SEATTLE -- Aside from the restaurant patrons in the Hit It Here Cafe in right field at Safeco Field, Dustin Ackley had as good a view as anyone of teammate Mike Carp's game-winning two-run blast in the Mariners' 5-3 victory over the Angels on Monday.
Which is why the rookie second baseman stood stock-still halfway between second and third and watched Carp's ball soar 432 feet into the second deck, careening into the open dining seats just to the left of the cafe windows.
"After he hit it, I just stopped," said Ackley, who was on board with a leadoff double in the eighth inning. "I was like, 'I'm just going to watch this ball and see where it ends up.' I just stood there and watched it. You don't see many balls land there. Even in batting practice, you don't see balls land up that high. On a first-pitch breaking ball, that's pretty impressive."
A lot of things were impressive on this night for the youthful Mariners, who played what manager Eric Wedge called one of their most complete games of the season to snap a three-game losing streak and beat an Angels team trying to keep pace with Texas in the American League West.
The Mariners have no such incentive left at 57-76, which is why Wedge called a team meeting prior to Monday's game to remind his young crew of the importance of finishing this season strong.
"It definitely fired everyone up," rookie Casper Wells said after nailing two baserunners from his left-field position. "I was waiting for someone to start clapping afterward or something. It definitely pumped me up.
"He got straight to the point and told us how it is. I think he got the message across to a lot of people, just how to take this game at a Major League level. We came out with a fire tonight and it showed."
Carp ripped his eighth long ball since July 22 for the go-ahead runs in the bottom of the eighth, moments after Ackley completed a 3-for-3 night with a double off reliever Hisanori Takahashi.
Carp's two-run shot increased his August RBI total to 22, three shy of the franchise record for RBIs by a rookie in a month set by Danny Tartabull in July 1986.
"I wanted to move the runner over, obviously, that was my job," said Carp. "And I did more than that, which is good. ... This is definitely the longest one I've hit here. It definitely felt better than all the ones so far."
"It was a hanging slider, and he hit it," Takahashi said. "I wanted it down and away, and it was the opposite."
Ackley snapped out of a recent slump with a night that included a double and triple -- his sixth in 62 games -- and raised the rookie second baseman's season average to .291.
The win went to rookie reliever Tom Wilhelmsen, who pitched a perfect eighth inning before Brandon League came on for his 32nd save.
Blake Beavan, one of four rookies in the Mariners' current six-man rotation, went seven innings before turning a 3-3 tie over to the bullpen. Beavan gave up eight hits, but had no walks or strikeouts as his record remained at 3-4 with a 4.11 ERA.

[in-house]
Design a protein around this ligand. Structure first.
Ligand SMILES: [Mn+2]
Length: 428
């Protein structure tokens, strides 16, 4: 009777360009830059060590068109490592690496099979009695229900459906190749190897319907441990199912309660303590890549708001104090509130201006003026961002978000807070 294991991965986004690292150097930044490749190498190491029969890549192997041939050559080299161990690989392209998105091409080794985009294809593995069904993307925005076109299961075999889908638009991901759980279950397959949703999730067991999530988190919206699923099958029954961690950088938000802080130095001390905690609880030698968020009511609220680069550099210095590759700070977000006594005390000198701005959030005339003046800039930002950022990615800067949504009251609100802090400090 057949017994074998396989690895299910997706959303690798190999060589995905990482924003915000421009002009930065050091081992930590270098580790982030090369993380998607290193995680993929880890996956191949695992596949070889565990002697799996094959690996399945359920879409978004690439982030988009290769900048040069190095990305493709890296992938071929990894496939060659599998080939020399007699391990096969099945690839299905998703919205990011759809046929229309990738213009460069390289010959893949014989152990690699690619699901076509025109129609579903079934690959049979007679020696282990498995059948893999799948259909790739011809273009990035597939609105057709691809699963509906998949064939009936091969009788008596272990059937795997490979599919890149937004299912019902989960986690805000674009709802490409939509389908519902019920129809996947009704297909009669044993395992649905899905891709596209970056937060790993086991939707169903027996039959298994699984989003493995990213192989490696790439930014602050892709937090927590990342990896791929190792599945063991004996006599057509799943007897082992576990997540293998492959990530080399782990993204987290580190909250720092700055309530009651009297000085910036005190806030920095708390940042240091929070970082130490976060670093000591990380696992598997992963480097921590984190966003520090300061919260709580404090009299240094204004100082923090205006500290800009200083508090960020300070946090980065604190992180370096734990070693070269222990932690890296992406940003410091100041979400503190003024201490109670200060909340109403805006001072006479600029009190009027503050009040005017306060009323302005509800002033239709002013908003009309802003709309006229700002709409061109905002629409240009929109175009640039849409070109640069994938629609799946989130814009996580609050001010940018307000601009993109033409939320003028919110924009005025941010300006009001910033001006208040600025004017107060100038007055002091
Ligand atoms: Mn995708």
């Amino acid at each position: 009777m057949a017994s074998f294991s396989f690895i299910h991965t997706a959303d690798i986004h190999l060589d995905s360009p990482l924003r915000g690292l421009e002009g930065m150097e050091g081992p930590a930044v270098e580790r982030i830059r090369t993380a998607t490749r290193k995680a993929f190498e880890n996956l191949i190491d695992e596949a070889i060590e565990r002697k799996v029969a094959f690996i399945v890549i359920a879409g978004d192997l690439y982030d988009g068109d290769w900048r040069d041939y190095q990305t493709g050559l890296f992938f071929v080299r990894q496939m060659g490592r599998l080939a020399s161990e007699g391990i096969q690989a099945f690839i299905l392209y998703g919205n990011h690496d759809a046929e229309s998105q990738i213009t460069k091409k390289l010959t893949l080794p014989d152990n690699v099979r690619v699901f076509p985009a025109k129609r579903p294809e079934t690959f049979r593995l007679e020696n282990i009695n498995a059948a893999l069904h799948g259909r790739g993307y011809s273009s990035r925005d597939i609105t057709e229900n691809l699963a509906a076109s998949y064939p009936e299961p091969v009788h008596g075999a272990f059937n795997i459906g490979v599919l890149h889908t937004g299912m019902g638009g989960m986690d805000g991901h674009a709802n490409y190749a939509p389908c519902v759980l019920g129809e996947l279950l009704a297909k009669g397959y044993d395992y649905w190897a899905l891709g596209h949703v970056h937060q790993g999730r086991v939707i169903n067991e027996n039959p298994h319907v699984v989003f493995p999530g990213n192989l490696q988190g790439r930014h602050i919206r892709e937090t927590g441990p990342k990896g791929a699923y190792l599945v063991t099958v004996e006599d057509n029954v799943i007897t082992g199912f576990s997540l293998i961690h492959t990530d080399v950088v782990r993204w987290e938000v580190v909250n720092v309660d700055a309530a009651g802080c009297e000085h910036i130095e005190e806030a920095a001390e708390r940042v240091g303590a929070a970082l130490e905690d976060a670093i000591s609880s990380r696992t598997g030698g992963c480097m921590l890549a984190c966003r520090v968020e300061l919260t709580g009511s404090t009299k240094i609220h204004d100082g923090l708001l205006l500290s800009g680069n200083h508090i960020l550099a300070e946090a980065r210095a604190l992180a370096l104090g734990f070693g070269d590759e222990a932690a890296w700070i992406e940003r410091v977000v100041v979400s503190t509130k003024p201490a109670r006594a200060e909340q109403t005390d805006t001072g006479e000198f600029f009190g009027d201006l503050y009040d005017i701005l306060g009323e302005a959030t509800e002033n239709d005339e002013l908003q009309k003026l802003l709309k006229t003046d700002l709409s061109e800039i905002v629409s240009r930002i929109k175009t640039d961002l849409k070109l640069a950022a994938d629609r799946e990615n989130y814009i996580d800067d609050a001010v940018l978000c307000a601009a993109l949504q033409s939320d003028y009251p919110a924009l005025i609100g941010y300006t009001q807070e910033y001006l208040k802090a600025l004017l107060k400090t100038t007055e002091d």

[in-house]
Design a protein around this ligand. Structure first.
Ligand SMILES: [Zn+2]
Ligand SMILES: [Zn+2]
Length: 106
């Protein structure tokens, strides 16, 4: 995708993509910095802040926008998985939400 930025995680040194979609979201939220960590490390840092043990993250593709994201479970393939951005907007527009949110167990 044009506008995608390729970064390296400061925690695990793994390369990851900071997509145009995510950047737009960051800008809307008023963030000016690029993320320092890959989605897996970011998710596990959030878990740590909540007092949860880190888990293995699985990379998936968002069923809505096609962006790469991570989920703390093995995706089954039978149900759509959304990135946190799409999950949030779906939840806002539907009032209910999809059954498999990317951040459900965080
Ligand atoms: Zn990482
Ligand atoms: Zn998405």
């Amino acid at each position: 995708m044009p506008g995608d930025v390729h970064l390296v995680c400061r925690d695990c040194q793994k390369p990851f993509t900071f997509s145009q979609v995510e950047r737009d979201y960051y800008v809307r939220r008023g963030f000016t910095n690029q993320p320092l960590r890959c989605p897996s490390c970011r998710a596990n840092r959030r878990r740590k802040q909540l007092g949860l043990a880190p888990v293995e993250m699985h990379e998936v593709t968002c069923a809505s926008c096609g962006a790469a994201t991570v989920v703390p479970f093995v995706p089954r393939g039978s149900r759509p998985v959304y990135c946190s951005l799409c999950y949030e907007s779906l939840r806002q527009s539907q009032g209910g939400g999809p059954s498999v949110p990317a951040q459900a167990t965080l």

Other than a two-run blast by Angels rookie first baseman Mark Trumbo that capped a three-run fourth, Beavan kept the Halos off-balance.
"Just the one pitch to Trumbo I wish I could take back," said Beavan. "But you can throw 99 good pitches and one bad one and they'll jump all over it. So I'm not too down on myself about one pitch.
"I've got to look at the main picture. The biggest thing I tried to do was keep the game tied and keep us in the game because I knew our guys would come through with some runs."
That's some serious faith in a club that scored just five runs in a three-game sweep by the White Sox over the weekend, but the Mariners came out swinging and finished with seven extra-base hits, tying their season high.
Beavan also got some help from his defense, as needs to happen with a pitch-to-contact hurler. Wells put a strong throwing arm on display with two rockets from left field.
Wells, obtained from Detroit in the Doug Fister trade on July 30, threw out speedster Peter Bourjos when the Angels center fielder tried stretching a single to left leading off the third.
"I played with Bourjos and he's pretty quick out there, so I was glad I could help the team out in that situation," Wells said. "Out of the corner of my eye, I saw him turn on the jets. So I just tried to get it there in the air and make an accurate throw."
Then Wells finished off Beavan's night by doubling Erick Aybar off first on a line drive by Bourjos in the seventh inning with another laser throw from left. Wells became the first Seattle outfielder with two assists in the same game since Mike Morse on April 5, 2008.
Shortstop Brendan Ryan made a nice play on a Howard Kendrick grounder in the fourth, with Carp completing the play with a good stretch at first base. And Ryan topped that with a bare-handed snag of a spinning chopper by Bourjos to get Beavan out of trouble in the fourth.
Ichiro Suzuki continued his August revival with a pair of doubles in a 2-for-4 night as he lengthened his hitting streak to a season-long 12 games. The veteran right fielder has hit .370 during that stretch, raising his season average to .275, the highest it's been since July 5.